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Vivendi's Paris headquarters Raided By Police

Dec 12, 2002 | Bloomberg News

Vivendi Universal SA's Paris headquarters were raided Thursday by police investigating the accounts it published under former Chief Executive Jean-Marie Messier, whose expansion strategy left the company close to default in July.

The world's No. 2 media company is "fully cooperating with the investigators," said spokesman Antoine Lefort. A team from the Finance Brigade of the Paris public prosecutor's office is carrying out the search, the company said in a statement.

Vivendi faces a criminal investigation in France and the U.S. and shareholder lawsuits over how it operated and presented its finances under Messier, who was fired in July. Messier oversaw a 91 percent drop in Vivendi's shares from a record 150 euros in March 2000 to 13.9 euros when he was ousted.

French investigators are examining whether the company published "false accounts to hide the true nature of its financial situation" in 2000 and 2001, the prosecutor's office has said.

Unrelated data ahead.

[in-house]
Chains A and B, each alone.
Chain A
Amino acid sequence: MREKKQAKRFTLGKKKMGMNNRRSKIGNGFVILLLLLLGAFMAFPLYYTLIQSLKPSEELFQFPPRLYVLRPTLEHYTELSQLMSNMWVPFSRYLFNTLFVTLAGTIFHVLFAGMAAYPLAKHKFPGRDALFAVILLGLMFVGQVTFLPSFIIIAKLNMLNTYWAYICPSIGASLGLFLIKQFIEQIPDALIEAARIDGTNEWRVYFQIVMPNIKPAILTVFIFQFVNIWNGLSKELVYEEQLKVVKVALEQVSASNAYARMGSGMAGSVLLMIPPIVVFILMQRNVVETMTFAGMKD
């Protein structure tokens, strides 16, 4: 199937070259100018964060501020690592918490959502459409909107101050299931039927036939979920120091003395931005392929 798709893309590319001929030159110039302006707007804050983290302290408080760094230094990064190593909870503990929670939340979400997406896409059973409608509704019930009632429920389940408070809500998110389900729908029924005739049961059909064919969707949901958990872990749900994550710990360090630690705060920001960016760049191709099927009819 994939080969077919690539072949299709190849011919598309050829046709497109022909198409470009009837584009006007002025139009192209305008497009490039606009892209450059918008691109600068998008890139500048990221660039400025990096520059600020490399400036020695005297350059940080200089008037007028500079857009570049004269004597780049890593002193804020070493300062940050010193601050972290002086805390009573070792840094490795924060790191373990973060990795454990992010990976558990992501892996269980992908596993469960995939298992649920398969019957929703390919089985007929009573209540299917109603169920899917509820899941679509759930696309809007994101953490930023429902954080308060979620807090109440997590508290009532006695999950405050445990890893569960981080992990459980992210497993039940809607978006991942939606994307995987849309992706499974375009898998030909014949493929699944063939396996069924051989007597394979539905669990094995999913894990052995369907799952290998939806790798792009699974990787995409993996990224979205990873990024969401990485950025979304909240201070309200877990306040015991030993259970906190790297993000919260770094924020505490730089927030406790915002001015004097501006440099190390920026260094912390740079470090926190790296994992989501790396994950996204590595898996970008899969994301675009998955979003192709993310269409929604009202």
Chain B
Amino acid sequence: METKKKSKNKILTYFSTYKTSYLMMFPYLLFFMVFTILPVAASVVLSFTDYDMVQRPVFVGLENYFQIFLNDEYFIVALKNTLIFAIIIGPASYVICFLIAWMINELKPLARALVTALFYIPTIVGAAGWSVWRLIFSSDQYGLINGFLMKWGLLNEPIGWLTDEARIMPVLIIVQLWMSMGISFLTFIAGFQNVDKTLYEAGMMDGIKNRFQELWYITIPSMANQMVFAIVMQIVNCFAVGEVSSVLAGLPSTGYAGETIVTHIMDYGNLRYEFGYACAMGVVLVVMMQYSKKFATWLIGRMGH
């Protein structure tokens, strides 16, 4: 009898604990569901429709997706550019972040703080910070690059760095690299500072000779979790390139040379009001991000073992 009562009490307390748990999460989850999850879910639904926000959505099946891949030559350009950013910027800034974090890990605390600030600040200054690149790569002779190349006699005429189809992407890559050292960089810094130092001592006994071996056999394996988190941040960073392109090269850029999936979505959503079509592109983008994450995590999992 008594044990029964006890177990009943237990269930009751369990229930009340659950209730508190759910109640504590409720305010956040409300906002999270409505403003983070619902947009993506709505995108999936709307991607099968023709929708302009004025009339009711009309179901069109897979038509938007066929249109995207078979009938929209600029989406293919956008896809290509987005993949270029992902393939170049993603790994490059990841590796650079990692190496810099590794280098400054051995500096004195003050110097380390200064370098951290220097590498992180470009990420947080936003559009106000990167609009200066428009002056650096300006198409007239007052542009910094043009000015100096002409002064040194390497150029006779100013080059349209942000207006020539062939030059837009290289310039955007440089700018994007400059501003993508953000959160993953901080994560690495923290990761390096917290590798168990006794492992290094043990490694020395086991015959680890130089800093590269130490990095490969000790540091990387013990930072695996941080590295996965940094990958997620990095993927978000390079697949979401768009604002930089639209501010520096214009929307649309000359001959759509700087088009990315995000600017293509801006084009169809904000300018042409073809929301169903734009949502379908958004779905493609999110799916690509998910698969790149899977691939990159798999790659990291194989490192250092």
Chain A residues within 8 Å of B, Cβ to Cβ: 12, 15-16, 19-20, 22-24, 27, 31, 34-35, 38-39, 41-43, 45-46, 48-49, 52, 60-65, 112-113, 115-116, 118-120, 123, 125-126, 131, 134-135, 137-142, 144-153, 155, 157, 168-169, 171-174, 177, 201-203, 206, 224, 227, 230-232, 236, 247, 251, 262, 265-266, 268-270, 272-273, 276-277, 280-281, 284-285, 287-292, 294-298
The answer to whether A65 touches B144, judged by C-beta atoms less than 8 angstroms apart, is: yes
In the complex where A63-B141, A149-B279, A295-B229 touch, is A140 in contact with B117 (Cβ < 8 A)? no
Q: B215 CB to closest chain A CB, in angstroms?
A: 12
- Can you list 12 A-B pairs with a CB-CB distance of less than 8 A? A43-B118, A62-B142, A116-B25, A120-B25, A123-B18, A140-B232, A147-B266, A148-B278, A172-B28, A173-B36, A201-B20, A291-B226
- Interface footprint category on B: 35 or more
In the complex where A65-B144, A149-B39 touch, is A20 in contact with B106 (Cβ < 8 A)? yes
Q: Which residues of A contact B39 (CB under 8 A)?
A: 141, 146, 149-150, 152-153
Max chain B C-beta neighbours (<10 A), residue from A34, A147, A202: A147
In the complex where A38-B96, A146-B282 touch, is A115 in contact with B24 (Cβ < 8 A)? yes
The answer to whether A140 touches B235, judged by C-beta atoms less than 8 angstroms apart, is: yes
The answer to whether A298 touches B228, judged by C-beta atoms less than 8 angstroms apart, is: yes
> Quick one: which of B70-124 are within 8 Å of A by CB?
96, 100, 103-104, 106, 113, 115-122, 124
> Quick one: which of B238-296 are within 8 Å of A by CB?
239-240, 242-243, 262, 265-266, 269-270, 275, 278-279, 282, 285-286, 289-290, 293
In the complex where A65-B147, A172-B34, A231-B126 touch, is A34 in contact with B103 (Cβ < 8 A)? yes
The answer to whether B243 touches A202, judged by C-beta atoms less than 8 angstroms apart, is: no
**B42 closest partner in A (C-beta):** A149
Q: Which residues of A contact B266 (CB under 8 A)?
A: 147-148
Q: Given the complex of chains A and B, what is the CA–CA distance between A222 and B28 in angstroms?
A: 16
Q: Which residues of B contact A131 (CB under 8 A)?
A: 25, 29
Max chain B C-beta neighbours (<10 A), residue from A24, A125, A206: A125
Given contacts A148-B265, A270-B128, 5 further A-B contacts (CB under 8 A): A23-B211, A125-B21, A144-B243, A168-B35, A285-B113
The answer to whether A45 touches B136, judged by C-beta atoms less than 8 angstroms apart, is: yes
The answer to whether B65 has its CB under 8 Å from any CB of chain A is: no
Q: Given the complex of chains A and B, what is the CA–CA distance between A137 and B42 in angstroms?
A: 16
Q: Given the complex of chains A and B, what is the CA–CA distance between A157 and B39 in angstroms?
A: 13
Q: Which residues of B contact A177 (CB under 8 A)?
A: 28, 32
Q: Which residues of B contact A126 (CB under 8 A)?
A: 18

Shares of Vivendi fell as much as 43 cents, or 2.7 percent, to 15.75 euros. They were trading at 15.8 euros on the Paris stock exchange as of 1:38 p.m. Paris time.

The police are also searching Messier's house, which is in Rambouillet, a town outside of Paris, French daily Les Echos reported on its Web site. Messier cancelled plans to meet with the Anglo-American Press Association in Paris this evening.

Under Messier, Vivendi spent $77 billion on acquisitions to transform a water utility into a rival of AOL Time Warner Inc., the world's biggest media company. The former Lazard LLC banker, who turns 46 on Friday, was fired after his strategy led to a record loss and piled up debt.

Jean-Rene Fourtou, who replaced Messier, brought Vivendi back from the verge of bankruptcy by selling more than $5 billion worth of assets, including Boston-based publisher Houghton Mifflin Co. He has also agreed to sell Vivendi's 149-year-old water business to a group of investors.

A shareholder lawsuit in France filed against Vivendi focuses on the time Messier was in charge.

The French stock market regulator is also looking into Vivendi's past financial statements.

The U.S. Securities and Exchange Commission upgraded its probe to a formal investigation last month, giving the agency power to issue subpoenas for documents and testimony. The probe is being conducted in conjunction with the U.S. Attorney for the Southern District of New York.

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